Ground Power 43
Publisher: DELTA Publishing Co., Japan
Price: 2350 Yen
Dimensions: 7" x 10", 137 Pages
The Ground Power series of magazines are published monthly and represent one of the best sources for detailed
photographs, colour plates and line drawings/sketches currently available. Published monthly, the only negative is
that everything is in Japanese.
Issue No043 is dedicated to the Tiger II, with a small section included on Allied Armoured Cars.
The section on the Tiger II is starts off with five (5) sub-sections of action/combat shots. Each "Act" centers on a particulary
time frame, starting with the intial prototypes and ending with the final battles in Germany. Acts 1 and 2 cover primarily the first
Tiger IIs produced with the Porsche turret. A number of the shots are familiar, but some are new (to me) and quite interesting.
Most of Act 3 has been published previously, mostly those of the 503 Tiger IIs drawn up in formation and Tiger II "233" in
Hungary. Act 4 concentrates on the 'Battle of the Bulge'. Most of these shots have been seen before. Act 5 seems to cover SS
501 Tiger IIs that have been knocked out in Hungary/Germany during the spring of 1945. The opening shot is of a Tiger II
knocked out in front of a huge government/state building. The caption seems to indicate that it's from SS 502.
Following the photo sections, there is a 17 page section detailing the production/history of the Tiger II. As well, this section
contains excellent line drawings and sketches detailing various sections of the tank. Finally, there are some excellent interior
This then closes off the Tiger II portion of the magazine. The remainder is dedicated to M3A1, Staghound, M8 and M20
armoured cars. Most photographs are combat shots, with three (3) detailed shots of the M8.
There is one (1) pull-out page that has eight (8) colour prints of the Tiger II. There are no colour prints detailing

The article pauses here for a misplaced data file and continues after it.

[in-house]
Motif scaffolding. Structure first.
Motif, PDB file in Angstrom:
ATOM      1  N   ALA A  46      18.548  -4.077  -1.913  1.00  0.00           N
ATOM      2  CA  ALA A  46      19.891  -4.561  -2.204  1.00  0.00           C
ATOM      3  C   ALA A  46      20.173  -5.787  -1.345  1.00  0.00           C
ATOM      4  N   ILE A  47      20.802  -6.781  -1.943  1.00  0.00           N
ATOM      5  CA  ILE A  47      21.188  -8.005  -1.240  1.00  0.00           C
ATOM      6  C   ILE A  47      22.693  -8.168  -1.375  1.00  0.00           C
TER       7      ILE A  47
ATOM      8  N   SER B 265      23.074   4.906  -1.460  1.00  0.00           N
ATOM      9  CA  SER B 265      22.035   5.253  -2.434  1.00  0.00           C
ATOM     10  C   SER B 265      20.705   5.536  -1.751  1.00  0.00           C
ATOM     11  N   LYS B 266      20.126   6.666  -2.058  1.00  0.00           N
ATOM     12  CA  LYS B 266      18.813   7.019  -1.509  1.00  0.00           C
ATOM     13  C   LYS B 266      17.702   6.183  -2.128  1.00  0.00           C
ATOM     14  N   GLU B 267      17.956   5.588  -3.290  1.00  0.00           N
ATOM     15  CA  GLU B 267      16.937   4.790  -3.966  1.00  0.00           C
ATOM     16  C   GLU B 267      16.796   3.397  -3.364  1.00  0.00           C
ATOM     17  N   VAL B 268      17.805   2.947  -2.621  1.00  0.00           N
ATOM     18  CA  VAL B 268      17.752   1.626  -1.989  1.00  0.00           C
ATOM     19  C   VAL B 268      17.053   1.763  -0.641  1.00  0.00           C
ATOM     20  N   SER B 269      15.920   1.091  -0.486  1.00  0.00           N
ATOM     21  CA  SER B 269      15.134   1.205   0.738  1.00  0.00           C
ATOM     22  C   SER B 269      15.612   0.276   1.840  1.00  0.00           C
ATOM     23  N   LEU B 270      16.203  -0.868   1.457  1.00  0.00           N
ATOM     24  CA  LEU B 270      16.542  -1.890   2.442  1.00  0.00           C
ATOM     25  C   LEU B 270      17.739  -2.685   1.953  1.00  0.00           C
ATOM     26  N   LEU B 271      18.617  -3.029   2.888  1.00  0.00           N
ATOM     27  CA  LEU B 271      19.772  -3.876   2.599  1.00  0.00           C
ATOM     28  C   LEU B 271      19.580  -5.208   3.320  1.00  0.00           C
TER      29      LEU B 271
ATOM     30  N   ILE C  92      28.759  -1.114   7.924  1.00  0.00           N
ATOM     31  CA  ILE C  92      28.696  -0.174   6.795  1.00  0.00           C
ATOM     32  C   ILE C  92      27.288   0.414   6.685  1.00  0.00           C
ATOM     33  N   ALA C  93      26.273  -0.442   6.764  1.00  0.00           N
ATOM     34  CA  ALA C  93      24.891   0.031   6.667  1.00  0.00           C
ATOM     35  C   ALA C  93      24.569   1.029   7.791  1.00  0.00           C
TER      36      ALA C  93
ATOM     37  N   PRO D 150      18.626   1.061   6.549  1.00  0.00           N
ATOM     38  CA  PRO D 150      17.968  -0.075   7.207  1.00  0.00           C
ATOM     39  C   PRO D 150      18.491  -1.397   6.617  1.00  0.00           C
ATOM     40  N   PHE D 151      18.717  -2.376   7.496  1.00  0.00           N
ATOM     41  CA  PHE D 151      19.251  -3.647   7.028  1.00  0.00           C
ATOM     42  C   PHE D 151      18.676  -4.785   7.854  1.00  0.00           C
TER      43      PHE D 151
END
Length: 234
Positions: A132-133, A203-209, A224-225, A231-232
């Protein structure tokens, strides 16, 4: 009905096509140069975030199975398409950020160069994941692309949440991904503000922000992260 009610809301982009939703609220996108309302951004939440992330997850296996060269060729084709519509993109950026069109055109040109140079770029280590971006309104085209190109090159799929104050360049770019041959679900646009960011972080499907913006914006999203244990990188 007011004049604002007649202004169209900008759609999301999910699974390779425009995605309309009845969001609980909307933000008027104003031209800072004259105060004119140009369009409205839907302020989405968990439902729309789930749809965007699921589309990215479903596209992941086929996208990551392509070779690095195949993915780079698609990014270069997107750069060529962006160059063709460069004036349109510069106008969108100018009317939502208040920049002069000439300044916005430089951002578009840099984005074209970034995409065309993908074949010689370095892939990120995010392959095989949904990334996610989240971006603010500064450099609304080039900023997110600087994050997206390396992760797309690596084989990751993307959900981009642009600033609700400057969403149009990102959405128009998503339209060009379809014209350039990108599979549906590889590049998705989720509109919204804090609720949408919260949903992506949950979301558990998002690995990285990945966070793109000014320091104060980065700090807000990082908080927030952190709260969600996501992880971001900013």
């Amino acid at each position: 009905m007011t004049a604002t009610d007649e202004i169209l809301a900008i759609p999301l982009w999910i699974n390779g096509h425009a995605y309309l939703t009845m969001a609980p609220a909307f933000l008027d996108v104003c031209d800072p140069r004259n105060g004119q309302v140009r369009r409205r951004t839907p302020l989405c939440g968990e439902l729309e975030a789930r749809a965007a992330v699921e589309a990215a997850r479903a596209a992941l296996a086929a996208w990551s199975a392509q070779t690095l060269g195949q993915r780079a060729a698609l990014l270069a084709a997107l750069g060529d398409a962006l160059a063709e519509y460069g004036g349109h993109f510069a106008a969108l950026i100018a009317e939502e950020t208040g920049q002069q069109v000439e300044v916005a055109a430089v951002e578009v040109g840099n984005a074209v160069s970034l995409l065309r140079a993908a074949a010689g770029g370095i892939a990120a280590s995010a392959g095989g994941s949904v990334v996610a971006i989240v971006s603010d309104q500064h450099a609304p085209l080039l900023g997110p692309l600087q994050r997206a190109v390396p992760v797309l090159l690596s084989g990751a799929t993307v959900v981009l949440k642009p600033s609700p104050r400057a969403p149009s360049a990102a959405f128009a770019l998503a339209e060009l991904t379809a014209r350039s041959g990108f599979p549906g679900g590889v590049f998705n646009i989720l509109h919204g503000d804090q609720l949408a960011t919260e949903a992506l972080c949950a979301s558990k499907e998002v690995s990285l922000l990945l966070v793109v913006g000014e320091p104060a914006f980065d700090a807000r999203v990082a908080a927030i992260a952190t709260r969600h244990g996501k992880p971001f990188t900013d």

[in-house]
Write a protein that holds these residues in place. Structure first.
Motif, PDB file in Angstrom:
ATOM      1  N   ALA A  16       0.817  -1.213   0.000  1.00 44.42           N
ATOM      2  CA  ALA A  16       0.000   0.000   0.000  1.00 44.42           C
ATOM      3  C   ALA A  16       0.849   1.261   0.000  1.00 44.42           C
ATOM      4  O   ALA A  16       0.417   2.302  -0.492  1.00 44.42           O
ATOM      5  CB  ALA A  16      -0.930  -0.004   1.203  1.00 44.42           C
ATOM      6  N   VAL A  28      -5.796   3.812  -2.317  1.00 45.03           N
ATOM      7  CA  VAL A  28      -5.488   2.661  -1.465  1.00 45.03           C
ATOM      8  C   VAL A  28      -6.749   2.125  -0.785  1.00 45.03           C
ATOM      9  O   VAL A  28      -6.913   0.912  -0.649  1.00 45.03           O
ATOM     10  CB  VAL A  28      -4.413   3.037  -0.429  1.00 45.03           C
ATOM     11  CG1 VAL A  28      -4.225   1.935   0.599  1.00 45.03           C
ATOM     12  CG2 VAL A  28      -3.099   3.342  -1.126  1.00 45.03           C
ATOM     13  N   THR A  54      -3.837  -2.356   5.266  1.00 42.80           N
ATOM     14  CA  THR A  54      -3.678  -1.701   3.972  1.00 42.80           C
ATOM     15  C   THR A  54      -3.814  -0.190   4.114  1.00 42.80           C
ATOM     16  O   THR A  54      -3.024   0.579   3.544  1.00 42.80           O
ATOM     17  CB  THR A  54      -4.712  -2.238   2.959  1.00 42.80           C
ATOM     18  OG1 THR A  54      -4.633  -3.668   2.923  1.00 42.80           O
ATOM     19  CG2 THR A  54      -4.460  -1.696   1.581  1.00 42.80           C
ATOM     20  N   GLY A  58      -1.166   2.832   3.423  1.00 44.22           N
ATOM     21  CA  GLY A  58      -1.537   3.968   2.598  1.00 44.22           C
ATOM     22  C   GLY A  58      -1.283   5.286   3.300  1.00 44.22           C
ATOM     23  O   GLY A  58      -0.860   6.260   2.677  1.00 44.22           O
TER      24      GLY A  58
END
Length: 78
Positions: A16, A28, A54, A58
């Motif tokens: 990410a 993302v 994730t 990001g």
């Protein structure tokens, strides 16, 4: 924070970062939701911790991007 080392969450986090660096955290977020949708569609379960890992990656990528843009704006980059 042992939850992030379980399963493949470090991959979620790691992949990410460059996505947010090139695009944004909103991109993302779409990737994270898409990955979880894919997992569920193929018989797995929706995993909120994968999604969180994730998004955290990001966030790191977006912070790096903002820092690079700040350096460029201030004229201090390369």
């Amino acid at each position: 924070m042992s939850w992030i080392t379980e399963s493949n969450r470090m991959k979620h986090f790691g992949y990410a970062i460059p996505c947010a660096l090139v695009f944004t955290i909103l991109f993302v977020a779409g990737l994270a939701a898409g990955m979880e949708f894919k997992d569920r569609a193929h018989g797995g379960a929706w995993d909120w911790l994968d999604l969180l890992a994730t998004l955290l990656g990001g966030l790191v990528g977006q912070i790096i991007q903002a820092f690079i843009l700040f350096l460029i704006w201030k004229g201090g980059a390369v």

any of the armoured cars.
The prints are of excellent quality, equal to and exceeding those found in the Fedorowicz publications "Tigers in Combat I &
II". The only negative is that there are only eight (8) and that there are no frontal elevations - only side elevations.
In summary, I highly recommend this magazine to anyone with a keen interest in the Tiger II. While a large percentage of the
photos have been published before, they have been presented in a very logical manner and are excellent reproductions. The
colour plates are among the best available - it's interesting to compare the different colours/schemes with those found in the
"Tigers in Combat" series.
To a lesser degree, I recommend it for those with an interest in Allied armoured cars. While there are a number of good
photos, I would suggest trying to locate a copy to browse prior to forking over your money.
On the downside, the book is in Japanese only. While the photos speak for themselves, the text portion can only be guessed at.
As well, the magazine is not cheap - close to $40 USD if purchased in North America. For those interested, I would suggest
ordering it directly from Japan through companies like Rainbow Ten and HobbyLink Japan.
Rating: 4.5 out of 5
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